Hopefully a pre-arranged session from a highly expert paramedic will take place soon down these parts ('First Aid at Sea').

We've got to wait 'till the weather warms up as it plays havoc with his arthritis (despite the Damarts).

K & P
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Old 26 January 2007, 12:52   #18
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How many of you are First Aid Trained.
What would you do if an emergency happened at home/work or boating
Do you think it is an important skill we should have.
yes, and I do think it is important, considering the delays that are likely in getting help at sea.

Or did you mean...

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Griffin marine offer basic one day courses and yet none of you seem to be signing up when getting involved in a new sport or pastime/hobby where the potential of an individual needing first aid is raised due to the nature of the activity.
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Old 26 January 2007, 14:30   #19
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yes, and I do think it is important, considering the delays that are likely in getting help at sea.

Or did you mean...

Griffin Marine offer basic one day courses and yet none of you seem to be signing up


LOL Sorry Polwart way off the mark in touting for busines just a question I am keen to know the answer to . I can always advertise a course in the trade section and to be honest I run a fair few so never felt the need to advertise.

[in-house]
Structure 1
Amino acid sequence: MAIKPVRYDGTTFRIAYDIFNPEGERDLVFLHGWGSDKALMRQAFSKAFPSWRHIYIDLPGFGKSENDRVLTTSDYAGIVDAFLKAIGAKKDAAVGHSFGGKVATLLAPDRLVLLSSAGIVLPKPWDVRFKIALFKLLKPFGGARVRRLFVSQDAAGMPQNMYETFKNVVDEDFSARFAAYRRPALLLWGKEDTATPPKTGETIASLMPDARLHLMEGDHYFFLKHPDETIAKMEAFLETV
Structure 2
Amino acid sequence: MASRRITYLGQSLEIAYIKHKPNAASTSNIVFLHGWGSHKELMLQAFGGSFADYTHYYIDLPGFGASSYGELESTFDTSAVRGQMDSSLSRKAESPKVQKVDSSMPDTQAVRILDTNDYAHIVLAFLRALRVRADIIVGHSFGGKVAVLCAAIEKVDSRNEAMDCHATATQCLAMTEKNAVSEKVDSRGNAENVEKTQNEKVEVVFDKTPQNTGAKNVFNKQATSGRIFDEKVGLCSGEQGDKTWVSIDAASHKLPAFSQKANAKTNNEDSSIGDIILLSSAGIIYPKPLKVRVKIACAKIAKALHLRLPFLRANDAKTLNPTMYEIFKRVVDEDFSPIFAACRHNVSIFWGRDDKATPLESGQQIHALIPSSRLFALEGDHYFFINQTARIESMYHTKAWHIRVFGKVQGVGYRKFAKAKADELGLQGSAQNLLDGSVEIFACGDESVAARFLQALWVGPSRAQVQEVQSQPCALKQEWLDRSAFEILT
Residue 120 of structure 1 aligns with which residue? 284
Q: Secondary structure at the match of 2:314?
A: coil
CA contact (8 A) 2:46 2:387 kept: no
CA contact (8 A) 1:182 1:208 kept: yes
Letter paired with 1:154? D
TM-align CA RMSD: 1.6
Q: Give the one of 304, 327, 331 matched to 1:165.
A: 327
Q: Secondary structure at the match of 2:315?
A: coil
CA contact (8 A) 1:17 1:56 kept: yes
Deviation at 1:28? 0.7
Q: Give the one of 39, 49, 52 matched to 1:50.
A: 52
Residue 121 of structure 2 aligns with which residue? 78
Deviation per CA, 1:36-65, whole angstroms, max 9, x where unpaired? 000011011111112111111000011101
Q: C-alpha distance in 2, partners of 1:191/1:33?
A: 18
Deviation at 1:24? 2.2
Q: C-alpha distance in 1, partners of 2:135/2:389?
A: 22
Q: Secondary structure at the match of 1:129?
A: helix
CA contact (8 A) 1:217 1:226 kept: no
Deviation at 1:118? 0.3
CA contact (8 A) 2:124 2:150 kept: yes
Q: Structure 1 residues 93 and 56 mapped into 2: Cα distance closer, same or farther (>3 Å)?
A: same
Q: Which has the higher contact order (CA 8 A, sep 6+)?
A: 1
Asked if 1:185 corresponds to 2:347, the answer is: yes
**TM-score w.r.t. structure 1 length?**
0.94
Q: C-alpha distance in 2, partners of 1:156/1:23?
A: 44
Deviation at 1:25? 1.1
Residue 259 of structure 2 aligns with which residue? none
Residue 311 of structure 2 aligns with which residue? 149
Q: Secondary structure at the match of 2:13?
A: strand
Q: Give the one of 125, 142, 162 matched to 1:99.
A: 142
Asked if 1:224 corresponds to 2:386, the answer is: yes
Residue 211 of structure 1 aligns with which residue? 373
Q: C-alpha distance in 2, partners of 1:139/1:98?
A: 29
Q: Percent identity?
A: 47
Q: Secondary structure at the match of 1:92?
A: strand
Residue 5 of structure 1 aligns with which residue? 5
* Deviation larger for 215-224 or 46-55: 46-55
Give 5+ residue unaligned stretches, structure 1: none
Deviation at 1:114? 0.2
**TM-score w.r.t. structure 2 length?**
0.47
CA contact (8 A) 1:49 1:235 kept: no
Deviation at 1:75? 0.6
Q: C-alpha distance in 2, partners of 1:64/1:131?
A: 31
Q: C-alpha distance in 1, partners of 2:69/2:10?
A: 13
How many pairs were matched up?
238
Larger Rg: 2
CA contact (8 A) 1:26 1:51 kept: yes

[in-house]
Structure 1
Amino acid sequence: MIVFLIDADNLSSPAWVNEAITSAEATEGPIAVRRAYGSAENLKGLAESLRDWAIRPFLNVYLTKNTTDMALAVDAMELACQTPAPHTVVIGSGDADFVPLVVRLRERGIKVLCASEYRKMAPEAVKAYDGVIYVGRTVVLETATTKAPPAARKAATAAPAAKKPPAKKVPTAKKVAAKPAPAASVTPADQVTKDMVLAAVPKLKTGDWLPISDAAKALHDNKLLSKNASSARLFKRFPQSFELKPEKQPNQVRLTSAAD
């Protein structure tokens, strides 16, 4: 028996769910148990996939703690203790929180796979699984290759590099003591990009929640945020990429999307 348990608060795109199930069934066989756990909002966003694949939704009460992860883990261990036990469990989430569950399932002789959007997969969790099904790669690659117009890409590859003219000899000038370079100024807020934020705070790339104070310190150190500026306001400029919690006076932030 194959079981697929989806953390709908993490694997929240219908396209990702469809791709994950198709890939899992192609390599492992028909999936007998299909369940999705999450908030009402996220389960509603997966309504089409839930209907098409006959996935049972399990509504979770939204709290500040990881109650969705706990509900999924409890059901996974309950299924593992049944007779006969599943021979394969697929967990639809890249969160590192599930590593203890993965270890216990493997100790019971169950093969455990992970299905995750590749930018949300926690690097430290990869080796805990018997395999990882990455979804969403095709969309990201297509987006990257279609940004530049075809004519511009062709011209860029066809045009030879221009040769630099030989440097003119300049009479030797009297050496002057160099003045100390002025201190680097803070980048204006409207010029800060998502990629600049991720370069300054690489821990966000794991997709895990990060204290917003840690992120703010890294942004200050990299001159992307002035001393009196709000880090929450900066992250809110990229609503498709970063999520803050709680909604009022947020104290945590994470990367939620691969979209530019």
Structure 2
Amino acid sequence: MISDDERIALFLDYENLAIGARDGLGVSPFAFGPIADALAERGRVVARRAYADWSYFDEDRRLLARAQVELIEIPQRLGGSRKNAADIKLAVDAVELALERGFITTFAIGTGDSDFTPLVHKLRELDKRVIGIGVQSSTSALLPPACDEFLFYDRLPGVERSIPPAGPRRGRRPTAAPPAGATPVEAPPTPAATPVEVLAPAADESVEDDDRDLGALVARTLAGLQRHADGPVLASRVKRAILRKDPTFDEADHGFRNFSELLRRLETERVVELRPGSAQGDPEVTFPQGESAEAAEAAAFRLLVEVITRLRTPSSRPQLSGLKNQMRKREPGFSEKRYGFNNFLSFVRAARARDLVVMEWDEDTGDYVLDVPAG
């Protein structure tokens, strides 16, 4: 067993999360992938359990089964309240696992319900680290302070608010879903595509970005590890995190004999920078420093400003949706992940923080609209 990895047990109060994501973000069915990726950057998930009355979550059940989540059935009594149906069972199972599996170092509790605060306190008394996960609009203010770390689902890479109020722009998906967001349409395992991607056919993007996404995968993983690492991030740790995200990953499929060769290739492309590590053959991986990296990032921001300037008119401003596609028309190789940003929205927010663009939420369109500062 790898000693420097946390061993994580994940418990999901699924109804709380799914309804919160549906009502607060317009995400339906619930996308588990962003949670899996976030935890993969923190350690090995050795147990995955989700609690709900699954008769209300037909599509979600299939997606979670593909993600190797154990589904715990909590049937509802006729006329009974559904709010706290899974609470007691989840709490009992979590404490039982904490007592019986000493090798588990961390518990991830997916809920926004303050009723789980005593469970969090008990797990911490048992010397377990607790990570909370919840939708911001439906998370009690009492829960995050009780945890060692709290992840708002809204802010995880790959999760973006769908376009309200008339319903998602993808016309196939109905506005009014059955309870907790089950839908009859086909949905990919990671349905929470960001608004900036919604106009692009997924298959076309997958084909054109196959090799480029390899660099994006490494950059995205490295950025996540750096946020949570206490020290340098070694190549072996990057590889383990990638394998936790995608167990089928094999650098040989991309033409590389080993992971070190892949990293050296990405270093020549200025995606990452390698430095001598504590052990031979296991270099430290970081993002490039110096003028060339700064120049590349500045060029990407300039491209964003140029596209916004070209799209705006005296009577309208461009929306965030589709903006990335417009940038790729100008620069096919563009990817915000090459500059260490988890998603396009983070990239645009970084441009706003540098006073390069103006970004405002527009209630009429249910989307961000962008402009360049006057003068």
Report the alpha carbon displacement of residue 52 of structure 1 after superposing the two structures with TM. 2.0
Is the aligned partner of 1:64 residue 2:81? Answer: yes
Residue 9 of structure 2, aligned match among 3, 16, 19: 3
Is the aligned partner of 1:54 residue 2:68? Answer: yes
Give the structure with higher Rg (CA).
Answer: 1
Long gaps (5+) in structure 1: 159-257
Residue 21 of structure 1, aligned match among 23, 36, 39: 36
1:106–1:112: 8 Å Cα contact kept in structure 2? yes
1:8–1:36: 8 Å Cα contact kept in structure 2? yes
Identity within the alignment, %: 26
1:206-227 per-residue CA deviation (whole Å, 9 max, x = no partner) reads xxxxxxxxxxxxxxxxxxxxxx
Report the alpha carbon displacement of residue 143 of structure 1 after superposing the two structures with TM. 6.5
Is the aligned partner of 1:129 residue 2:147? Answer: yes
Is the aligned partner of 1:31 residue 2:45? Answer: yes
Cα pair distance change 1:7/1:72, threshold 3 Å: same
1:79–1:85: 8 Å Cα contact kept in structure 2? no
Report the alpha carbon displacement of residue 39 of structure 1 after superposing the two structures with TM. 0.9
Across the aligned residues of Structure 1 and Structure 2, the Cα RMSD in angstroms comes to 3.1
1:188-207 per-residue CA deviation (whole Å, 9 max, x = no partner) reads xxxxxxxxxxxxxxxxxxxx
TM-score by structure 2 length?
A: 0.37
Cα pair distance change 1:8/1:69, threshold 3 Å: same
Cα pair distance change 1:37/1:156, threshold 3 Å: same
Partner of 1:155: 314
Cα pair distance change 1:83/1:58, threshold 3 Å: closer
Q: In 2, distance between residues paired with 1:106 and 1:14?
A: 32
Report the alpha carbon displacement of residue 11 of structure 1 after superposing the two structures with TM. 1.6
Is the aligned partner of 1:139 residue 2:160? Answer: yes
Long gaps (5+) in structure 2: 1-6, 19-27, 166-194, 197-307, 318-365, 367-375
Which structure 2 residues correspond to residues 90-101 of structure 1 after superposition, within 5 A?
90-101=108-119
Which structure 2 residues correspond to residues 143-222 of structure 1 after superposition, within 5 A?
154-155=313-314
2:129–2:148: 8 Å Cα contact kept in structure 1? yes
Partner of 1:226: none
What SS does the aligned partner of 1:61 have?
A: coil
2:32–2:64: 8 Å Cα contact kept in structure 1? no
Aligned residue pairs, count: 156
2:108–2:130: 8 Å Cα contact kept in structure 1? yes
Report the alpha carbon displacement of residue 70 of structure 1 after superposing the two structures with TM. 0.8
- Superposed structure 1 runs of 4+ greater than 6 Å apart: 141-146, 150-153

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Old 26 January 2007, 16:00   #20
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Griffin Marine offer basic one day courses and yet none of you seem to be signing up


LOL Sorry Polwart way off the mark in touting for busines just a question I am keen to know the answer to . I can always advertise a course in the trade section and to be honest I run a fair few so never felt the need to advertise.
Tim, OK no offence intended.

As I see it the major downside of FA training is that it takes quite a bit of time (1 day to learn the basics - 4 days to be "considered by most organisations" as a "first aider"). That is quite a lot of time to commit to something that you hope never to need. Especially since most of us are short of time to get on the boat anyway. On top of this first aid certificates tend to have a 3 year shelf life - whilst most other training is usually unlimited. Add to that the "it will never happen to me mentality" and the reality that most people will rarely use the skills they learn on a 1 day first aid course anyway.